intoHistory, geschiedenis beleven in authentieke logies
Le Palace Hotel Brussels was built in 1908 by businessman Georges Marquet in the immediate vicinity of the North Station, to welcome visitors to the Brussels 1910 World Fair. The Fair was held on the Solbosch plateau, near the Bois de la Cambre. It was easily accessible by tram by the residents of the hotel. The main architect was Adhémar Lener who worked most closely with Antoine Pompe.
The Hotel was built in under a year, a record time for the period. First residential building of seven floors in Brussels, it was the last word in technical progress (7,500 m3 of concrete and 8 million bricks were needed to erect it!).
Le Palace has also been the first concrete building in Brussels. Its 300 rooms all had a window with an outside view and an individual bathroom (see article “To bathe or not to bathe?”), a luxury which only César Ritz had dreamed up for his Parisian hotel in Place Vendôme. Each room had several light fittings and a telephone. Air was circulated and purified several times a day.
At the top of the hotel, a large terrace provided stunning views of the city (whose roofs were much lower than today). The North Station, next door to Le Palace, drained a constant flow of travelers. The tavern and restaurant could accommodate up to 2,000 guests! Not to mention the wine cellar, which housed some 70,000 bottles! The refrigerated beer cellar was located just below the tavern, to serve drinks at the ideal temperature. The hotel offered its guests variety shows and concerts.
In 1930, the Palace became a member of the prestigious “Grands Hôtels Européens” association.
> Download this Magazine (2008) for detailed information about the history of Le Palace Hotel Brussels .
Main entrance to Le Palace
Next to international diplomats, various important celebrities have stayed here, especially at the time of World Fairs held in the Belgian capital (1910, 1935 and 1958). Prince Rainier and Princess Grace of Monaco (when Le Palace Hotel Brussels belonged to the Consul of Monaco), Prince Philip, Duke of Edinburgh, King Ibn Saud of Saudi Arabia, King Hussein of Jordan, Gina Lollobrigida, Jean Poiret, Rita Hayworth, Brigitte Bardot, Orson Wells, Fausto Coppi, Sugar Ray Robinson and many others.
Occupied during the two World Wars (as several other hotels in Brussels), Le Palace was the residence of the German staff – a nest of spies on both occasions.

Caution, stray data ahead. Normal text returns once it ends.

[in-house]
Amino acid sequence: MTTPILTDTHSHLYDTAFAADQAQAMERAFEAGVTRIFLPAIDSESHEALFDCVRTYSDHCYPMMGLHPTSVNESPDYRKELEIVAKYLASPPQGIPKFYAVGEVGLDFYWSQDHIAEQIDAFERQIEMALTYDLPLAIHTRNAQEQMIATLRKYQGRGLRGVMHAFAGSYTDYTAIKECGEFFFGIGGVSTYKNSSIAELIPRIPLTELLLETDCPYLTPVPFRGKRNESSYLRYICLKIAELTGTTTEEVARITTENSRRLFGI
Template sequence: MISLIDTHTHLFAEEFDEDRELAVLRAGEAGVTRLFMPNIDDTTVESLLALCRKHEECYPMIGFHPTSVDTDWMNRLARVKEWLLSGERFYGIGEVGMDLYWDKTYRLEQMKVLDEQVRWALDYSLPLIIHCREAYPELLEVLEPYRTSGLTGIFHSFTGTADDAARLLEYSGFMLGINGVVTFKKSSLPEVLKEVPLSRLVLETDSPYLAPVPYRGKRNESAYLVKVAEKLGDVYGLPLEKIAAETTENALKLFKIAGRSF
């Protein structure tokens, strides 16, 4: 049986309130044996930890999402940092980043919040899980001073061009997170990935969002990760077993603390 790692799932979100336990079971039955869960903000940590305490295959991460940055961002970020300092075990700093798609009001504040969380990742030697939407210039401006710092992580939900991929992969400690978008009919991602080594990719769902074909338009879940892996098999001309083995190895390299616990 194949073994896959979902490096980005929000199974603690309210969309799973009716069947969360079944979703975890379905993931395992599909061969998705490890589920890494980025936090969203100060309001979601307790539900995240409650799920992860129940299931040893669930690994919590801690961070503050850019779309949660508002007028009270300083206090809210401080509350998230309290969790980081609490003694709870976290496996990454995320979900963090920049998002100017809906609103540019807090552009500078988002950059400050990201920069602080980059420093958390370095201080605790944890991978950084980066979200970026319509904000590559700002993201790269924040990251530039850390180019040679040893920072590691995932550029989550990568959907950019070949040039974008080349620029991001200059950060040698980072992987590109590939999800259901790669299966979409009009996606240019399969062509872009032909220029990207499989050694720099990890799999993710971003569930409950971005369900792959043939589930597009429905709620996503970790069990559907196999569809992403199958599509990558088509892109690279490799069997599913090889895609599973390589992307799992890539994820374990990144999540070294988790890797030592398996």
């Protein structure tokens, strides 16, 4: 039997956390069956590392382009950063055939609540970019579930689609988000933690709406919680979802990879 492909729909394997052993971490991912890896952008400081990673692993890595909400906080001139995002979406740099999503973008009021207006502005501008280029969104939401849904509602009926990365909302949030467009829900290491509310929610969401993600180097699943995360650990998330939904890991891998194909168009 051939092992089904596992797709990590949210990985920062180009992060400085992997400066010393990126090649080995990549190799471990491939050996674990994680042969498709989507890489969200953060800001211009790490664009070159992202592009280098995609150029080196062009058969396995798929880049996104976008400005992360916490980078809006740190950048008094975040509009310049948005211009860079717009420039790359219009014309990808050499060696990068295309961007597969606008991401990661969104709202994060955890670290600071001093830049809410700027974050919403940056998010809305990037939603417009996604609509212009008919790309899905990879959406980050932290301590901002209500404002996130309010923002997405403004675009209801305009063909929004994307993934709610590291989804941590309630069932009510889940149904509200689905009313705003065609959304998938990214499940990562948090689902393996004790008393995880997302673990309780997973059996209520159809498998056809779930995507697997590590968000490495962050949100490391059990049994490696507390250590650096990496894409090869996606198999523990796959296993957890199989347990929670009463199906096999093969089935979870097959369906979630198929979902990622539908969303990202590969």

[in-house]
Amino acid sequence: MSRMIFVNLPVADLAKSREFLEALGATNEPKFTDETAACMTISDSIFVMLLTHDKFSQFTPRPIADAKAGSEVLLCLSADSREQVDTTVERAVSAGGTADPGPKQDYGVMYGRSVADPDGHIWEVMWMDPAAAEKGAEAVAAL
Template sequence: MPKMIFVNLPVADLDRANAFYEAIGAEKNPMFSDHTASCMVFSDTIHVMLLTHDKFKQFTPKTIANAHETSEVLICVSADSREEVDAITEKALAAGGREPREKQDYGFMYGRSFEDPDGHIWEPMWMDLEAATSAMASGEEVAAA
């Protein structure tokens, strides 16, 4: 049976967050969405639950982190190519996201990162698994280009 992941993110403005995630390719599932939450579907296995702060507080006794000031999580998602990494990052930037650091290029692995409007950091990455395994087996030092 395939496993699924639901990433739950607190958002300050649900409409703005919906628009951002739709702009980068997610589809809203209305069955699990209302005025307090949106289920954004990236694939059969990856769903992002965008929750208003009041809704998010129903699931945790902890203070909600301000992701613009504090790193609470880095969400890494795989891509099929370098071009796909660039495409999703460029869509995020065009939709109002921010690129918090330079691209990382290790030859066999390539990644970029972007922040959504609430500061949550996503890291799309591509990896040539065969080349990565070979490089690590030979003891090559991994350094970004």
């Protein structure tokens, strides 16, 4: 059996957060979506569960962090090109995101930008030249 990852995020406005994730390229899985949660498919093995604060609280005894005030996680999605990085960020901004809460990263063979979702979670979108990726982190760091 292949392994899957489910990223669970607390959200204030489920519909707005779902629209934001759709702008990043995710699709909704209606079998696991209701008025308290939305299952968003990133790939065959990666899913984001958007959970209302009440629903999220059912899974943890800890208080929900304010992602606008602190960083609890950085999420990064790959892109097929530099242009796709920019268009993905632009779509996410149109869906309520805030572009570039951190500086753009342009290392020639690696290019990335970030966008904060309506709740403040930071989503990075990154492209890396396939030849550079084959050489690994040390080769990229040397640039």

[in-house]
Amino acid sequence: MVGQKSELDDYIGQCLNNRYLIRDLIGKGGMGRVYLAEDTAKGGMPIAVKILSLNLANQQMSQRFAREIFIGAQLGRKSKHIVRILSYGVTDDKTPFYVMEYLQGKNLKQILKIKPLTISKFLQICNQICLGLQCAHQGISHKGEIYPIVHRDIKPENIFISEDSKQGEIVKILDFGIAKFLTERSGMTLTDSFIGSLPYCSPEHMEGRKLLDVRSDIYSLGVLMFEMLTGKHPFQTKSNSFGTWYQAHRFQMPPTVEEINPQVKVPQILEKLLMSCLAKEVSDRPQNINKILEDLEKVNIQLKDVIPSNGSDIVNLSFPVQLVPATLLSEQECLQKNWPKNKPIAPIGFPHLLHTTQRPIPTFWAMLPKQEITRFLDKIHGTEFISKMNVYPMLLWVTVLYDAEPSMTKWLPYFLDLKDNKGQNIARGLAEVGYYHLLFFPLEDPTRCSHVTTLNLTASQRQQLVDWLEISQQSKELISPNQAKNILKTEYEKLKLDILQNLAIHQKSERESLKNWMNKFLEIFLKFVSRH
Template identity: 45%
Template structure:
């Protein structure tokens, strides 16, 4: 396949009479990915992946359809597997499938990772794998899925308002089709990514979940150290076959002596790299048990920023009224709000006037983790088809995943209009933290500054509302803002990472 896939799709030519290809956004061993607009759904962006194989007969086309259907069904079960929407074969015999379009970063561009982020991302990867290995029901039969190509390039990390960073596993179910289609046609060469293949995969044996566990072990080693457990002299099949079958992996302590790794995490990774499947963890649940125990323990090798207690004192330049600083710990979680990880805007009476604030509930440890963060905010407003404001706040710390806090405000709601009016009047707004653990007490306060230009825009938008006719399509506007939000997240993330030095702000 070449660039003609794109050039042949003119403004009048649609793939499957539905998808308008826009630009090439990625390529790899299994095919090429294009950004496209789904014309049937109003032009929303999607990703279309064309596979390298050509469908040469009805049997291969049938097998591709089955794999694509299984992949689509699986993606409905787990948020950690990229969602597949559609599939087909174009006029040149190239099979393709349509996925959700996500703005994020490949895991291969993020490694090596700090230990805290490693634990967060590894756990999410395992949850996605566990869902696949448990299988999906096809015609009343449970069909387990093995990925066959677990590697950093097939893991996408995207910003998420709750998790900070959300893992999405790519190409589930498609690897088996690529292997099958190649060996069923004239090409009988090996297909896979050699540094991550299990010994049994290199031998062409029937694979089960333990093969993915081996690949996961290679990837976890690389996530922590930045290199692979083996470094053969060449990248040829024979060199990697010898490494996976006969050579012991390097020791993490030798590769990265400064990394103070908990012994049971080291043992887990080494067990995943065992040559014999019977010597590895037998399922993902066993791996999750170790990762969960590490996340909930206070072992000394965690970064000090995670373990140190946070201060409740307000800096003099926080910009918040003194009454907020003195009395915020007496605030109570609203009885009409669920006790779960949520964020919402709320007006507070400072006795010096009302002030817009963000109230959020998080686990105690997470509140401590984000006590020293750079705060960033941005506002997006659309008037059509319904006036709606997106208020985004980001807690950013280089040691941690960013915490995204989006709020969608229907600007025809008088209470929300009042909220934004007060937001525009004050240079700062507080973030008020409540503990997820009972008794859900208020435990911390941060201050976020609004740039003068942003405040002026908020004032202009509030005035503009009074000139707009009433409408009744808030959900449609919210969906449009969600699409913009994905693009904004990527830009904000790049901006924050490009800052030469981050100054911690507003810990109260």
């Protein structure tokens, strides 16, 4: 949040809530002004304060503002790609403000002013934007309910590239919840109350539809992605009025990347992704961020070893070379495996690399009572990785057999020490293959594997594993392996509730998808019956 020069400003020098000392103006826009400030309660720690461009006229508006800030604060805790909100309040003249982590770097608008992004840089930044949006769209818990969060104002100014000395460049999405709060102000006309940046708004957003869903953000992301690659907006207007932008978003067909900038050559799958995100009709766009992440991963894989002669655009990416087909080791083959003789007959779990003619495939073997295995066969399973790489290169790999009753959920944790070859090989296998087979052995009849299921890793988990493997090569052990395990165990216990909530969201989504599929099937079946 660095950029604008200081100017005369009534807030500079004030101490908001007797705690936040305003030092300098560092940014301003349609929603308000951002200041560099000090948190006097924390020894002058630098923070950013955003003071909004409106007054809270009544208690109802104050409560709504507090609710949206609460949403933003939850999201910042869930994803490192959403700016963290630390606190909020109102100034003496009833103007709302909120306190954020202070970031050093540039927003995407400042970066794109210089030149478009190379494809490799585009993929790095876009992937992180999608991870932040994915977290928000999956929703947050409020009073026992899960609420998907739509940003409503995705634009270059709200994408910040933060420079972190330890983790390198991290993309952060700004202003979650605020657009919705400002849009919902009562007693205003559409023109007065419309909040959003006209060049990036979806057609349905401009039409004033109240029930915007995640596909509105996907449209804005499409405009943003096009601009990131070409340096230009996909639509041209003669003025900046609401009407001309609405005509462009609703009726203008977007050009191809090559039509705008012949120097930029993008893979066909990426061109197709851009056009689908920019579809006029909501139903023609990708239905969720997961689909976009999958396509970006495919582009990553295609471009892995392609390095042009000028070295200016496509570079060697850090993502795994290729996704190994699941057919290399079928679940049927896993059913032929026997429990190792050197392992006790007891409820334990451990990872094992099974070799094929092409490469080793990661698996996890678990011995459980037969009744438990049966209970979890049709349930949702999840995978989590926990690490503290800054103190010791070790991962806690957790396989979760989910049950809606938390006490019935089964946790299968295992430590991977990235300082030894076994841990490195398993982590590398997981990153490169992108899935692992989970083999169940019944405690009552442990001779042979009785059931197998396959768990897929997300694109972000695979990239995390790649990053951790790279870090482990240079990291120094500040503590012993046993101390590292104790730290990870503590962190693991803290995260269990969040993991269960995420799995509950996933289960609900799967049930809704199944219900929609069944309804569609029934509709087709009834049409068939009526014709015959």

“With my colleague Lener, we dreamed up the Palace Hotel in one night. This building replaced a series of ramshackle old houses. And when this hotel comes to be demolished, care will need to be taken because I have placed a leaden box containing coins from the period and a parchment on which are written the names of the people who participated in the construction of this building. The box is located under the second pillar in the Salle des Brasseries, which is to the right of the hotel when you face it with your back to Koekelberg. At the time it was quite something to build a 300-room hotel. Once finished, I was no longer a rich man because I was cheated. However, that is of no importance.”
(Extract from the “Memoirs of architect”, by Antoine Pompe – 1910)
The original geometric “Art Nouveau” furniture in the deluxe rooms was designed by Alban Chambon, a French decorator and contractor, more traditional in approach than the architects chosen for the actual building.
Antoine Pompe designed the furniture for the standard rooms and lobby. He was also responsible for most of the decoration in the passageways, lobby, corridors, etc.
© Crowne Plaza Brussels
Le Palace Hotel Brussels has been given a new Art Deco look at the end of World War II, before ondergoing another modernization in the 1970s, then again in the 1990s (first restoration of the original furniture and decor). Other restoration work has followed since 2000.
But a bit “lost” in the very modernized new Crowne Plaza Brussels decor, such as the copper clock in the lobby, the stained glass panels in the stairwell, the lighting fitments outside the lifts, the wrought iron stair ramps, the stone and marble mascarons and features in the lobby, the HP “crest” in sculpted stone on the outside wall, the portrait of Georges Marquet and his sisters in the lobby, the furniture by Alban Chambon in the corridors and the original pillars of the tavern (now a meeting room); the princely apartment (salon and suite); the wainscoting in the salon of room 560; the gallery with its reproductions of old postcards in the smoking room …
Be sure you ask for one of the 10 “Century Rooms” of the Le Palace Hotel Brussels. These have been restored with utmost care to reflect the original 1910 geometric transition between Art Nouveau and Art Deco. A lot of furnitures are authentic.
Room 560 © Crowne Plaza Brussels
The other spaces of the prestigious hotel have been much renovated in the last 60 years, but a trained eye will recognize significant elements of the original décor: carved pilasters, ceilings ornaments, chandeliers, wrought iron railings and sanded glass … that will make you forget the bright colors of the contemporary rugs.
To fully appreciate the period atmosphere of Le Palace Brussels, do not hesitate to enhance your stay by reading a few books (nothing beats a good historical novel to bring old stones back to life). Watching a film evoking the era or listening to some period music may also be a good way to transport you back in time… A few suggestions:
Books to be devoured in situ
Films to be watched before arriving
Period music to be enjoyed on location
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Le Palace Hotel Brussels – Crowne Plaza ****
Rue Gineste, 3
+32 2 203 62 00
Le Palace Hotel’s own web site
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